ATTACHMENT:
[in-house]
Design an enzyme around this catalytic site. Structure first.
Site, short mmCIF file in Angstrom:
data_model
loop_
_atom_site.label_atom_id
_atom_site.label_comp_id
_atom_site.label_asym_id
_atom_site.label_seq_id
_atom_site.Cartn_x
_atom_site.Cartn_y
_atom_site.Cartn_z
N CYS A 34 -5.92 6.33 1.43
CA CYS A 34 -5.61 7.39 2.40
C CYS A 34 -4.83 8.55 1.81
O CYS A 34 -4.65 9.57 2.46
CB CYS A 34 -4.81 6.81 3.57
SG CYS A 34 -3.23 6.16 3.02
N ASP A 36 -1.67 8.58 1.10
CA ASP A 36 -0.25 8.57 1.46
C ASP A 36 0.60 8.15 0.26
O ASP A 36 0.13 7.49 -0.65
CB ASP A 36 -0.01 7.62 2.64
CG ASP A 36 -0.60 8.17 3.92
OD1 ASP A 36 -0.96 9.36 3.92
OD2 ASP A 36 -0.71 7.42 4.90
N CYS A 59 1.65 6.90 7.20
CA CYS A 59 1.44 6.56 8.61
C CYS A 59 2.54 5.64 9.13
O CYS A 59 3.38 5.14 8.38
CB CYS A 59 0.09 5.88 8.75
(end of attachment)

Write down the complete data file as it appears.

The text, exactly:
[in-house]
Design an enzyme around this catalytic site. Structure first.
Site, short mmCIF file in Angstrom:
data_model
loop_
_atom_site.label_atom_id
_atom_site.label_comp_id
_atom_site.label_asym_id
_atom_site.label_seq_id
_atom_site.Cartn_x
_atom_site.Cartn_y
_atom_site.Cartn_z
N CYS A 34 -5.92 6.33 1.43
CA CYS A 34 -5.61 7.39 2.40
C CYS A 34 -4.83 8.55 1.81
O CYS A 34 -4.65 9.57 2.46
CB CYS A 34 -4.81 6.81 3.57
SG CYS A 34 -3.23 6.16 3.02
N ASP A 36 -1.67 8.58 1.10
CA ASP A 36 -0.25 8.57 1.46
C ASP A 36 0.60 8.15 0.26
O ASP A 36 0.13 7.49 -0.65
CB ASP A 36 -0.01 7.62 2.64
CG ASP A 36 -0.60 8.17 3.92
OD1 ASP A 36 -0.96 9.36 3.92
OD2 ASP A 36 -0.71 7.42 4.90
N CYS A 59 1.65 6.90 7.20
CA CYS A 59 1.44 6.56 8.61
C CYS A 59 2.54 5.64 9.13
O CYS A 59 3.38 5.14 8.38
CB CYS A 59 0.09 5.88 8.75